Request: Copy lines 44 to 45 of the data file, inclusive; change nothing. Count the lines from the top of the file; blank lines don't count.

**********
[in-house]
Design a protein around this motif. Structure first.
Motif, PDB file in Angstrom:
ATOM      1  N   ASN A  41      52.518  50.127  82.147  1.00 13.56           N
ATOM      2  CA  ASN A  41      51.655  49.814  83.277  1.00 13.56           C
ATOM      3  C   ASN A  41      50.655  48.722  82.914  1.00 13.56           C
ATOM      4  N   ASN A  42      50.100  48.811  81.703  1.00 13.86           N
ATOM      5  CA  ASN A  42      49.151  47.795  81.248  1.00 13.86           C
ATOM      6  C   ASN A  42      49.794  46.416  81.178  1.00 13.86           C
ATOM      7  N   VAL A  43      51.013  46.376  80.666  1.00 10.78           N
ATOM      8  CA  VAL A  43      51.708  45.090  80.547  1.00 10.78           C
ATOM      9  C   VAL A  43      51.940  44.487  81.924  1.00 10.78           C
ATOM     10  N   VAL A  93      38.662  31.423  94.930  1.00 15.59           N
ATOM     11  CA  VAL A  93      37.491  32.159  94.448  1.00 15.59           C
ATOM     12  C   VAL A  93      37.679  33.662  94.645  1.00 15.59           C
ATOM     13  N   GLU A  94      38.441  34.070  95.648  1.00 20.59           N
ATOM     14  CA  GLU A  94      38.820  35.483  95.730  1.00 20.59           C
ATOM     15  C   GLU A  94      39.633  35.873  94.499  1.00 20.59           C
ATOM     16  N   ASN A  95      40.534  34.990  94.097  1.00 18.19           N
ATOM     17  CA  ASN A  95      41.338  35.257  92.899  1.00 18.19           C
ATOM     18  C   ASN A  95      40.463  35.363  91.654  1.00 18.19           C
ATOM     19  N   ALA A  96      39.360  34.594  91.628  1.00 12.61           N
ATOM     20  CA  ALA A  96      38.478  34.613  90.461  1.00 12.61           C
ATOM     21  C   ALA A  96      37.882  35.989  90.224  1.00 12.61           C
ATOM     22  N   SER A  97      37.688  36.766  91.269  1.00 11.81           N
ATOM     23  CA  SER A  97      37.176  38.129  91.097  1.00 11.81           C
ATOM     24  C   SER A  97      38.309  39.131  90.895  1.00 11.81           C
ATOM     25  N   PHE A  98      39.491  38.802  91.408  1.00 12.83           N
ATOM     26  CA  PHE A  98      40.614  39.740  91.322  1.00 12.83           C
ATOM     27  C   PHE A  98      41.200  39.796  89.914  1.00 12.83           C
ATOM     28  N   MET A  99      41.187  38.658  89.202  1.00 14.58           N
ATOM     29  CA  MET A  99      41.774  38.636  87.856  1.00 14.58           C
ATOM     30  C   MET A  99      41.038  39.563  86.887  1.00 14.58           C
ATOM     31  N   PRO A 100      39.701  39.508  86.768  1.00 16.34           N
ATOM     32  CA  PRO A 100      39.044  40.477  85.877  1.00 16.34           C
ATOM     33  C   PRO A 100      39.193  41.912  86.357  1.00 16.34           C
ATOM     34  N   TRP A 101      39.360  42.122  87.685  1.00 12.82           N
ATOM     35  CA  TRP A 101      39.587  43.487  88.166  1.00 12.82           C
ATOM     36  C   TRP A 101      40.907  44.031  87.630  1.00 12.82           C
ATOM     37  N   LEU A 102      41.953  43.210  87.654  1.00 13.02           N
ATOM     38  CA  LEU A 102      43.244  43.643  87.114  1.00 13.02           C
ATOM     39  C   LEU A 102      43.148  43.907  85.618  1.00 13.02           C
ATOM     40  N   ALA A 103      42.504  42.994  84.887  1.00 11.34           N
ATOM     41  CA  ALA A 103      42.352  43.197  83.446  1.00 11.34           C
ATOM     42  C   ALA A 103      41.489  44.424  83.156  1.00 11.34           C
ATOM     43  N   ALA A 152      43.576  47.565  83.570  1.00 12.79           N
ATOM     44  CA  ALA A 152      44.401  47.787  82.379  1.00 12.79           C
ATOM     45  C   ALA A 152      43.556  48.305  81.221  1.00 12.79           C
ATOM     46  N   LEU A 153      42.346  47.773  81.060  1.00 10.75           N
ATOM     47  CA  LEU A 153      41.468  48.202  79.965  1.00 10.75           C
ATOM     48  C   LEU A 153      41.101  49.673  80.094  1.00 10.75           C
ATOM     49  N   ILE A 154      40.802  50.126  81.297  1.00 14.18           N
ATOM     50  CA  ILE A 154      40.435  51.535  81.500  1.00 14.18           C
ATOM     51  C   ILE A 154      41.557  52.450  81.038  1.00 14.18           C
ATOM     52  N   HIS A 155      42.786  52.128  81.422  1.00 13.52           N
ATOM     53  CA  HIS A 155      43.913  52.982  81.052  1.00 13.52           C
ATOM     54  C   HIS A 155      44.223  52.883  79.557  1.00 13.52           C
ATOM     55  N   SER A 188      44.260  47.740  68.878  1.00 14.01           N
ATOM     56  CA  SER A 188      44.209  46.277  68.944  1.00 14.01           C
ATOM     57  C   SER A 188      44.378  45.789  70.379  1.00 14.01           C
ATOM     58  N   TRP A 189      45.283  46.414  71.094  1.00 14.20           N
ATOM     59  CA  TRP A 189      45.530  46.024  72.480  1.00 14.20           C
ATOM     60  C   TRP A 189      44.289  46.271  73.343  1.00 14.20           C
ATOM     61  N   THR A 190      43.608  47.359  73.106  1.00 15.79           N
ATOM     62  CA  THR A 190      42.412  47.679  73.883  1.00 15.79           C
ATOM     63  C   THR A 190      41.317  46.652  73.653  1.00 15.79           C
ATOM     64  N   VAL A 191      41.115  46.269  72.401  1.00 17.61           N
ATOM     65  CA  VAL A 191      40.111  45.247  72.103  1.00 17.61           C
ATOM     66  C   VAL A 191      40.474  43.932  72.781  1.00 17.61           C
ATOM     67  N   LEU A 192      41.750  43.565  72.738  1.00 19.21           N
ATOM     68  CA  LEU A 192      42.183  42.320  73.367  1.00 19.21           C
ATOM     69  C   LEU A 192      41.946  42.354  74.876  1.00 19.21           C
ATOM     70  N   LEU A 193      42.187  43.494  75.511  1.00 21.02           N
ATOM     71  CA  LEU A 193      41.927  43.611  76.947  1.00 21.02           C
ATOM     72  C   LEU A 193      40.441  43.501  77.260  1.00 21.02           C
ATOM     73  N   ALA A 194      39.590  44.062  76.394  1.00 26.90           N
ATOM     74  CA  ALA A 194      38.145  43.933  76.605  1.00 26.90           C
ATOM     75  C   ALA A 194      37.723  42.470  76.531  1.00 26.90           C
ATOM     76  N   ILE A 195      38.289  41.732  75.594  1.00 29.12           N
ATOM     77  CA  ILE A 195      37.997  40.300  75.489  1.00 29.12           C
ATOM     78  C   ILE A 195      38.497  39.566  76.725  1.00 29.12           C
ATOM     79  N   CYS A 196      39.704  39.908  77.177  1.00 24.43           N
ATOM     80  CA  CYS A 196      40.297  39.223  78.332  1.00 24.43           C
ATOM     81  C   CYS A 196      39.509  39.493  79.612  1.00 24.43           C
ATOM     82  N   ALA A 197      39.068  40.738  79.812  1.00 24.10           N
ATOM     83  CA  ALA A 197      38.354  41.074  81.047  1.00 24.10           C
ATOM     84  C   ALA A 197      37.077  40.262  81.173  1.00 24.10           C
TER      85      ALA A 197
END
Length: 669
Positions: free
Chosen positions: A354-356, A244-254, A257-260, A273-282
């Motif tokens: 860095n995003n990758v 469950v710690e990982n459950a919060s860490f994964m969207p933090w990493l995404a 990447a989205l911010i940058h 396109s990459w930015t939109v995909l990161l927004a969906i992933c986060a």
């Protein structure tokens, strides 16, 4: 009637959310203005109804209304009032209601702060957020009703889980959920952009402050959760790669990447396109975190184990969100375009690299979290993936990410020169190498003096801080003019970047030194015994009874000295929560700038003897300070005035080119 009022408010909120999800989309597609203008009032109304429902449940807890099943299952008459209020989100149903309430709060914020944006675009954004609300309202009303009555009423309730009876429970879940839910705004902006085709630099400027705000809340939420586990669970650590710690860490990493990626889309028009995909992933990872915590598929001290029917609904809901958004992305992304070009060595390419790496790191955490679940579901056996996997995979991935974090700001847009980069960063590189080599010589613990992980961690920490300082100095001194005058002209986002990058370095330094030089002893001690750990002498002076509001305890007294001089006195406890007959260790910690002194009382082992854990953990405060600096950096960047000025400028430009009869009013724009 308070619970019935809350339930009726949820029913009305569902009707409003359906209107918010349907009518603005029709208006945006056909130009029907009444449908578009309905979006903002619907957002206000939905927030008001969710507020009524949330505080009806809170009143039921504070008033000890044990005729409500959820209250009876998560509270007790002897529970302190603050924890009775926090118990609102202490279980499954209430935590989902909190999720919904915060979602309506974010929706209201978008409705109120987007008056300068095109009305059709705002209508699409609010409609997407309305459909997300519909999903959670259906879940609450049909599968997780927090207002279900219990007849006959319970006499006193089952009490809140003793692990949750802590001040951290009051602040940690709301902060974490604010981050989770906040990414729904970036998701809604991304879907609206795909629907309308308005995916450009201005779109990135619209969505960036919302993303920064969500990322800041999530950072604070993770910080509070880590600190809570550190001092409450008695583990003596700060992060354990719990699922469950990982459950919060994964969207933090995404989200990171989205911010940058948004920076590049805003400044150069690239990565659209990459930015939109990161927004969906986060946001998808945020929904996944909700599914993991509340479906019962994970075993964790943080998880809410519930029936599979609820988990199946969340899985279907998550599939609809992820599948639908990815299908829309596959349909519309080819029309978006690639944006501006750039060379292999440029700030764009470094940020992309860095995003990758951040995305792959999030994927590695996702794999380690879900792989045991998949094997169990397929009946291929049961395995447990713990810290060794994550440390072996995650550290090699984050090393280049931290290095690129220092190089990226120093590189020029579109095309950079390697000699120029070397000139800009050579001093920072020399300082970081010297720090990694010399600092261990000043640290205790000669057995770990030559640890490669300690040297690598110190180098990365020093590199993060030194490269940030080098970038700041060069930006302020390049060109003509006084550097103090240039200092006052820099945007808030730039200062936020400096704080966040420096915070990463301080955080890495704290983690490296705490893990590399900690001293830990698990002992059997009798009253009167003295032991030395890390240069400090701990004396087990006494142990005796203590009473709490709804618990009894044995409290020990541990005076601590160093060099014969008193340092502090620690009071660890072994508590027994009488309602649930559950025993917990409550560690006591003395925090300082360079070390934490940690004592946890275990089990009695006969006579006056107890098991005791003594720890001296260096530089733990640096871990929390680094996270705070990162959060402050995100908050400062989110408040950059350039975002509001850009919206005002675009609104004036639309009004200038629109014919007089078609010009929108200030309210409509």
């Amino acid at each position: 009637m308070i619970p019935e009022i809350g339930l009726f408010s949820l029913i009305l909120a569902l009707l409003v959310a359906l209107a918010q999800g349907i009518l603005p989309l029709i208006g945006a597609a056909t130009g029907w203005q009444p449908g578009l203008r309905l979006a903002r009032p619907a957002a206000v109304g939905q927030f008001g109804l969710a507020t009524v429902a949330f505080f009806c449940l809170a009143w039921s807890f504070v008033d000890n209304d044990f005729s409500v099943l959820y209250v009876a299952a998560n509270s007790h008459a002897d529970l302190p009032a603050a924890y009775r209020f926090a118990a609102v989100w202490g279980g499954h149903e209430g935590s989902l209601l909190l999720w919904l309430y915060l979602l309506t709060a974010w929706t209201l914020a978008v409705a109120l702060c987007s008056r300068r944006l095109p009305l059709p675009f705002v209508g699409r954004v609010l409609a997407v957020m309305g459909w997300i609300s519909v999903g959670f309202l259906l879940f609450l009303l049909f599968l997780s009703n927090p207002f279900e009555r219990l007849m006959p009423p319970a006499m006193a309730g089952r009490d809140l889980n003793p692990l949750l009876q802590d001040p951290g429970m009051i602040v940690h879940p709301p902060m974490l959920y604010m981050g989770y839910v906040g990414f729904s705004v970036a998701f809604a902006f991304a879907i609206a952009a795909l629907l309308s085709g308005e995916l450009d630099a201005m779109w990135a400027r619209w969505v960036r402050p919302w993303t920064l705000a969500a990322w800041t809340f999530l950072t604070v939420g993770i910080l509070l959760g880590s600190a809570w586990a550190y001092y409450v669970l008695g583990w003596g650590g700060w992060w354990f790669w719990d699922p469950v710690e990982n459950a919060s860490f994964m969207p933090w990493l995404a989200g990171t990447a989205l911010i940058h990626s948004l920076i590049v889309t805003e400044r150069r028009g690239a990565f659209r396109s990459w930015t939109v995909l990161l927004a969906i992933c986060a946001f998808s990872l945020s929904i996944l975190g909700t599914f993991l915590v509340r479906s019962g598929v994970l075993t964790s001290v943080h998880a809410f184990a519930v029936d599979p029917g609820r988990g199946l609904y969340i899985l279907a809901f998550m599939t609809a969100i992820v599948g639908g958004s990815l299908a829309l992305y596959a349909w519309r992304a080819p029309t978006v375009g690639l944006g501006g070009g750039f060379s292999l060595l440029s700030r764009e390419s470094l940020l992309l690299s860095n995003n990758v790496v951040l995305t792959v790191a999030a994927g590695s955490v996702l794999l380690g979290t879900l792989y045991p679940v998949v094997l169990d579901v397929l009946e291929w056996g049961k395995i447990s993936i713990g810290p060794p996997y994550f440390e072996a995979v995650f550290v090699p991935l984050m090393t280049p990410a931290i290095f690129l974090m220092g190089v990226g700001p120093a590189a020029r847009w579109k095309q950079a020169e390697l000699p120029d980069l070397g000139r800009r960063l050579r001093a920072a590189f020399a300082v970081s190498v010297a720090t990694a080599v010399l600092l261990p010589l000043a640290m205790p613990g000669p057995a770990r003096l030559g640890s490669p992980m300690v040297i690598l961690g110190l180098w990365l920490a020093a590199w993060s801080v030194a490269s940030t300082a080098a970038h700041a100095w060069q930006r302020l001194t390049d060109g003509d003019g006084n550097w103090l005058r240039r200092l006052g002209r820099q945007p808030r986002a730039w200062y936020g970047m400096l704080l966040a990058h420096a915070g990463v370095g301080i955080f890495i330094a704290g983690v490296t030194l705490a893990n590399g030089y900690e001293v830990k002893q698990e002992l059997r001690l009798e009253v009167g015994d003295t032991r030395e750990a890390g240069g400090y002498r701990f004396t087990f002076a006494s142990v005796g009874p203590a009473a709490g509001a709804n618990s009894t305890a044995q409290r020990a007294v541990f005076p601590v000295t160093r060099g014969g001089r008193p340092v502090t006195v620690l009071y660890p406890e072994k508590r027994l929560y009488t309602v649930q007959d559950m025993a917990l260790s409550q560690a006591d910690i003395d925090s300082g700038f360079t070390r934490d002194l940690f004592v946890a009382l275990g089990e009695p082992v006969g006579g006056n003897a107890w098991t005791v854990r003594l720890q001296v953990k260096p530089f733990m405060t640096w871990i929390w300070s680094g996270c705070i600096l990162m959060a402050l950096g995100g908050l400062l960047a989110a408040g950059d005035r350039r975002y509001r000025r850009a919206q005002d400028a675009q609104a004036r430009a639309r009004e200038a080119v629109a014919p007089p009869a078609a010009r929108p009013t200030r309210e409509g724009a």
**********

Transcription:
ATOM     41  CA  ALA A 103      42.352  43.197  83.446  1.00 11.34           C
ATOM     42  C   ALA A 103      41.489  44.424  83.156  1.00 11.34           C